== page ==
I believe in capitalism and maximizing investments, but there is a showdown looming.  If providers do not step up to the plate and aggressively build in greater bandwidth AT an affordable price, we consumers are going to be even more screwed than we are today. And what is the incentive for providers to do what I consider to be the right thing?

Let me also throw into the mix some alternatives, though none are more cost effective.  Wireless everywhere is a strategy deployed in a few cities, though not widely and with inconsistent speeds.  Clearwire is a company associated with wireless Internet service though a small, portable device that broadcasts signal for sharing with up to eight users within a few feet of the portable device.  Most of these are battery operated AND can also plug in to AC power.  Another strategy is through similar devices from wireless phone companies as well as wireline phone providers (the phone company).  These use cellular data technology, but they do NOT make phone calls.  Finally, even more limited in its big city availability, free or paid wide area wireless Internet service. It would be as if connected to a wireless router in your home or office with very long range. This is achieved by placing wireless repeaters where required to blanket a large area with service.  These alternatives do not generally provide high-speed upload capabilities. They are more in the category of a convenience and necessity when nothing else reasonable is available.

What can we do about it?  Ah, that is the question!  I wish I had THE answer, but solutions are complex.

In most cities, there is a monopoly that allows but one cable provider to operate in the city in which they do business.  It IS all about the money paid by the provider to the city for the privilege. It has NOTHING to do with any benefit to the consumer.  Look into such a monopoly in your locale.  Leaders CAN insist that providers do better and more for the consumer and also offer to allow competitors. But providers argue that they have already made the investment in their infrastructure and do not want to share their cable right-of-way to your home or office.  I think city leaders can insist on better service and modernization OR allow competition over that same right-of-way, but this takes leadership.  Do I need to remind you that politicians live to be greased by special interests, even bought with large campaign donations and other perks?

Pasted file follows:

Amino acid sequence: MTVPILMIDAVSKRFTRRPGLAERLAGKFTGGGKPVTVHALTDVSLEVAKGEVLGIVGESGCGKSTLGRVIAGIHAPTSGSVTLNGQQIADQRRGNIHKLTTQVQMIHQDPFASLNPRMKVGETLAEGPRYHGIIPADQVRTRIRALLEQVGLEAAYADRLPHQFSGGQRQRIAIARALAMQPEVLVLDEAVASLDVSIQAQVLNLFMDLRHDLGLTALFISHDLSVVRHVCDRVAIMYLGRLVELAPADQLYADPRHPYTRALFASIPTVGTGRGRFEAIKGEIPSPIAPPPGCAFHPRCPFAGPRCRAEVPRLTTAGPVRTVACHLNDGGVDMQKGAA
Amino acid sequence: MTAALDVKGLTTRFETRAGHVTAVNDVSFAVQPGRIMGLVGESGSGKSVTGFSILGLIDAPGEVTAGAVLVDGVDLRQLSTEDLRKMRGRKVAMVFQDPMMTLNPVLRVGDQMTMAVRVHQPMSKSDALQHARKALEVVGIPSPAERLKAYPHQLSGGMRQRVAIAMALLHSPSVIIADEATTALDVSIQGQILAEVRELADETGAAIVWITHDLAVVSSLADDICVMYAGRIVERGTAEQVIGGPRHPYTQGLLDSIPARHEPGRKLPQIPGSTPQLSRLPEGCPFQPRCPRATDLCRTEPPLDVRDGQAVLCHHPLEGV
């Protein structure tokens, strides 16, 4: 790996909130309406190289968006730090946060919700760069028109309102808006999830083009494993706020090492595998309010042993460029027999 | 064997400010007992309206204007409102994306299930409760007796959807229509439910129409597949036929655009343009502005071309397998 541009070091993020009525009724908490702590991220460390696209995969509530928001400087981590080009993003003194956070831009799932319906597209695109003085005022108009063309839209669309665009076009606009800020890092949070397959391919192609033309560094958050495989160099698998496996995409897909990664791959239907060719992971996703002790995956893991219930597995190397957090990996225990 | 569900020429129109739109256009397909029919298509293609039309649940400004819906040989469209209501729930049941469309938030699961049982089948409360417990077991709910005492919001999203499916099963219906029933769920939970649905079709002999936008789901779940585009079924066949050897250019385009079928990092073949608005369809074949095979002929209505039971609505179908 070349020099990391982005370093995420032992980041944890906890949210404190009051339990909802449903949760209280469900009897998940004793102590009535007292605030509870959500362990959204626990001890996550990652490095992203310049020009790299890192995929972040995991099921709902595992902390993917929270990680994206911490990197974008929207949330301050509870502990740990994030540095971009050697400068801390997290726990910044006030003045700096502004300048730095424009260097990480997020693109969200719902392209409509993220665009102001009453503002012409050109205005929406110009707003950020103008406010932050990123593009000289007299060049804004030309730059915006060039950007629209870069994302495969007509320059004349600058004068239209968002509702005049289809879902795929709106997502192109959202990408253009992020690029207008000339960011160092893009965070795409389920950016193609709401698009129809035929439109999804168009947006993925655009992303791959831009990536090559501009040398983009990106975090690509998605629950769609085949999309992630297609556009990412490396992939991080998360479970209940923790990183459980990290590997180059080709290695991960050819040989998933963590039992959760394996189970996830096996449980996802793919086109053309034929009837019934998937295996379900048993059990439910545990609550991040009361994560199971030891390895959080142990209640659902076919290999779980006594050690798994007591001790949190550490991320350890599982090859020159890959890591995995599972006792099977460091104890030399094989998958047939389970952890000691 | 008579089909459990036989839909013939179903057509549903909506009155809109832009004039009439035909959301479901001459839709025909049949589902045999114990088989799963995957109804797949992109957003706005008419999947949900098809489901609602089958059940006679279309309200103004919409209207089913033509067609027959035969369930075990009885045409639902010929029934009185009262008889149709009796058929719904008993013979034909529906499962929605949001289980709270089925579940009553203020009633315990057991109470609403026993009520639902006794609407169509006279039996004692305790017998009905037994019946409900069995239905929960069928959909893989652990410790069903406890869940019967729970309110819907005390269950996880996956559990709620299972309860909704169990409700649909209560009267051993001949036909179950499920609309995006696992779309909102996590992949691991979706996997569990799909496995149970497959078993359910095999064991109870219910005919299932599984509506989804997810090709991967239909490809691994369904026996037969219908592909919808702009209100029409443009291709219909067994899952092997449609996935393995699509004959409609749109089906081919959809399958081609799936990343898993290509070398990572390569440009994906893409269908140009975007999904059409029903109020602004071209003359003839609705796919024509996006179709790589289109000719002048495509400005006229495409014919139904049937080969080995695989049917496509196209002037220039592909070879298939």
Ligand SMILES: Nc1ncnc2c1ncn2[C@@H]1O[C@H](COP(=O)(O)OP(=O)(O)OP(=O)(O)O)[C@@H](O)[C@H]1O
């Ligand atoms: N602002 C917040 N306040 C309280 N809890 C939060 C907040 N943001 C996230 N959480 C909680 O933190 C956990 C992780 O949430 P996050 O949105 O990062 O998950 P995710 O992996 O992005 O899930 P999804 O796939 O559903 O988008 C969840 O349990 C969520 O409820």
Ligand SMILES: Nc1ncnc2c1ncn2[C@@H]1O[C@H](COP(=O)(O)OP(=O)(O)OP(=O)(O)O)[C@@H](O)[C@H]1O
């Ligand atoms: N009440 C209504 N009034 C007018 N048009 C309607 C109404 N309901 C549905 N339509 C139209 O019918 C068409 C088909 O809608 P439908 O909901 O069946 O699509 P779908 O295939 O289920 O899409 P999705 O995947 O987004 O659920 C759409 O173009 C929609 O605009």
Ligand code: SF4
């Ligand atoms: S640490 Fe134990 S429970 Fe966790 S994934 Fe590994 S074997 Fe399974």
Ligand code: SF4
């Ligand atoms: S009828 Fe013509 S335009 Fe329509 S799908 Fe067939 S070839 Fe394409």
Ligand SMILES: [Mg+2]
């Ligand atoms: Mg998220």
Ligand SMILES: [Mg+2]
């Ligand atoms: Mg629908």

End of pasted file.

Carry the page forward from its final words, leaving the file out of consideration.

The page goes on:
Are there leaders who have what it takes to actually do right by their constituents and not be beholden to large entities/contributors who feel ownership of these elected officials?  (It’s a rhetorical question, folks.)

Now that you (hopefully) know more than before, are any of you prepared to take up the cause in your city? That’s what it is going to take.

I do not know if our congressional leaders can or would do anything to help, as they, too, are politicians.  The only hope is that certain standards could be mandated that see Internet access as something the feds want everyone to have.  That takes funds and the government, that’s you and I, to come up with the money.  It has to get to the companies who can build out networks where now there are none and where more robust performance and future proofing is needed.   Were this to happen, it only makes sense that the providers would be only too happy to take OUR money to do the job.  That could happen.  And doesn’t it make sense that the companies, even now, are taking a wait and see attitude to learn if the government will pay them to do some or the entire job.  If this is the case, why not wait, do nothing now and save their money?

Then, there is the issue of cost to the consumer for this better service, and I do not believe it is appropriate for a business to be told what it can charge for its services. This IS a free market, isn’t it?  That is where competition comes in. Competition is good and promotes better prices whereas the monopolies that exist today do not.

This concludes my rambling rant.  I needed to get this off my chest! Feel free to add your own comments!